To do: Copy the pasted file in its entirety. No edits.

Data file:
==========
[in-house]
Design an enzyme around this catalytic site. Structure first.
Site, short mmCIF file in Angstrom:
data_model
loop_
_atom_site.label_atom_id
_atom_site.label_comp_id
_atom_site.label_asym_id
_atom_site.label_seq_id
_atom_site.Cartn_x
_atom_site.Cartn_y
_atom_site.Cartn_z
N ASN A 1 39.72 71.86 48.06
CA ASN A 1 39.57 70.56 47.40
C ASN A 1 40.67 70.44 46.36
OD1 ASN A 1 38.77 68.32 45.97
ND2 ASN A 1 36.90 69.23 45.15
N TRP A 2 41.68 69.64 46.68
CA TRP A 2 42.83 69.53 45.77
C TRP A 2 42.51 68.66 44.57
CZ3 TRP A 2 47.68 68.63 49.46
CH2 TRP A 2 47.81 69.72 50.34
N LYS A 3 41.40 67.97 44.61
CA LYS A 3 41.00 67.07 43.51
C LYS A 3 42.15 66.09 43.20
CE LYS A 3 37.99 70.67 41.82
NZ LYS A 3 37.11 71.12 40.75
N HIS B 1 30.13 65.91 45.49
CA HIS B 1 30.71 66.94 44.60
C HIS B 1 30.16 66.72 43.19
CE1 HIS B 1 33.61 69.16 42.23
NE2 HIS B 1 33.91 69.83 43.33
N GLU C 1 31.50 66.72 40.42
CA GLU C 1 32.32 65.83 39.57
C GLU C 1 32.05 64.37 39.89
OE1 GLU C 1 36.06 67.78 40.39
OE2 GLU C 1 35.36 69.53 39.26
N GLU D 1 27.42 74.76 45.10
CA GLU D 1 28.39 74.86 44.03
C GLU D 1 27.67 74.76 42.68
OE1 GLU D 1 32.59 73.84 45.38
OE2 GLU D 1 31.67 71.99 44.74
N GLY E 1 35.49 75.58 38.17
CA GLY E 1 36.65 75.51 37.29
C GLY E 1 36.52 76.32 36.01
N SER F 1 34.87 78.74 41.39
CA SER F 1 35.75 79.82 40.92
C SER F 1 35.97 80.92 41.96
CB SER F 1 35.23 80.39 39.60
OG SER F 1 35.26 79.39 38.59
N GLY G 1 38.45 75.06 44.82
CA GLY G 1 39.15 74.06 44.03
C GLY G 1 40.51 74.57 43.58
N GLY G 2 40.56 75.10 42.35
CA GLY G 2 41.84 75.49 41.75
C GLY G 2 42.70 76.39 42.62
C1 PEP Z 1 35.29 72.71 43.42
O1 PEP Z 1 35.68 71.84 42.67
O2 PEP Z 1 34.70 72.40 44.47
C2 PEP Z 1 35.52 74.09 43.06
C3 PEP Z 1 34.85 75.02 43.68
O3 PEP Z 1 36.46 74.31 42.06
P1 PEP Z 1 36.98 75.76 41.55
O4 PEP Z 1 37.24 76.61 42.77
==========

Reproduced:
[in-house]
Design an enzyme around this catalytic site. Structure first.
Site, short mmCIF file in Angstrom:
data_model
loop_
_atom_site.label_atom_id
_atom_site.label_comp_id
_atom_site.label_asym_id
_atom_site.label_seq_id
_atom_site.Cartn_x
_atom_site.Cartn_y
_atom_site.Cartn_z
N ASN A 1 39.72 71.86 48.06
CA ASN A 1 39.57 70.56 47.40
C ASN A 1 40.67 70.44 46.36
OD1 ASN A 1 38.77 68.32 45.97
ND2 ASN A 1 36.90 69.23 45.15
N TRP A 2 41.68 69.64 46.68
CA TRP A 2 42.83 69.53 45.77
C TRP A 2 42.51 68.66 44.57
CZ3 TRP A 2 47.68 68.63 49.46
CH2 TRP A 2 47.81 69.72 50.34
N LYS A 3 41.40 67.97 44.61
CA LYS A 3 41.00 67.07 43.51
C LYS A 3 42.15 66.09 43.20
CE LYS A 3 37.99 70.67 41.82
NZ LYS A 3 37.11 71.12 40.75
N HIS B 1 30.13 65.91 45.49
CA HIS B 1 30.71 66.94 44.60
C HIS B 1 30.16 66.72 43.19
CE1 HIS B 1 33.61 69.16 42.23
NE2 HIS B 1 33.91 69.83 43.33
N GLU C 1 31.50 66.72 40.42
CA GLU C 1 32.32 65.83 39.57
C GLU C 1 32.05 64.37 39.89
OE1 GLU C 1 36.06 67.78 40.39
OE2 GLU C 1 35.36 69.53 39.26
N GLU D 1 27.42 74.76 45.10
CA GLU D 1 28.39 74.86 44.03
C GLU D 1 27.67 74.76 42.68
OE1 GLU D 1 32.59 73.84 45.38
OE2 GLU D 1 31.67 71.99 44.74
N GLY E 1 35.49 75.58 38.17
CA GLY E 1 36.65 75.51 37.29
C GLY E 1 36.52 76.32 36.01
N SER F 1 34.87 78.74 41.39
CA SER F 1 35.75 79.82 40.92
C SER F 1 35.97 80.92 41.96
CB SER F 1 35.23 80.39 39.60
OG SER F 1 35.26 79.39 38.59
N GLY G 1 38.45 75.06 44.82
CA GLY G 1 39.15 74.06 44.03
C GLY G 1 40.51 74.57 43.58
N GLY G 2 40.56 75.10 42.35
CA GLY G 2 41.84 75.49 41.75
C GLY G 2 42.70 76.39 42.62
C1 PEP Z 1 35.29 72.71 43.42
O1 PEP Z 1 35.68 71.84 42.67
O2 PEP Z 1 34.70 72.40 44.47
C2 PEP Z 1 35.52 74.09 43.06
C3 PEP Z 1 34.85 75.02 43.68
O3 PEP Z 1 36.46 74.31 42.06
P1 PEP Z 1 36.98 75.76 41.55
O4 PEP Z 1 37.24 76.61 42.77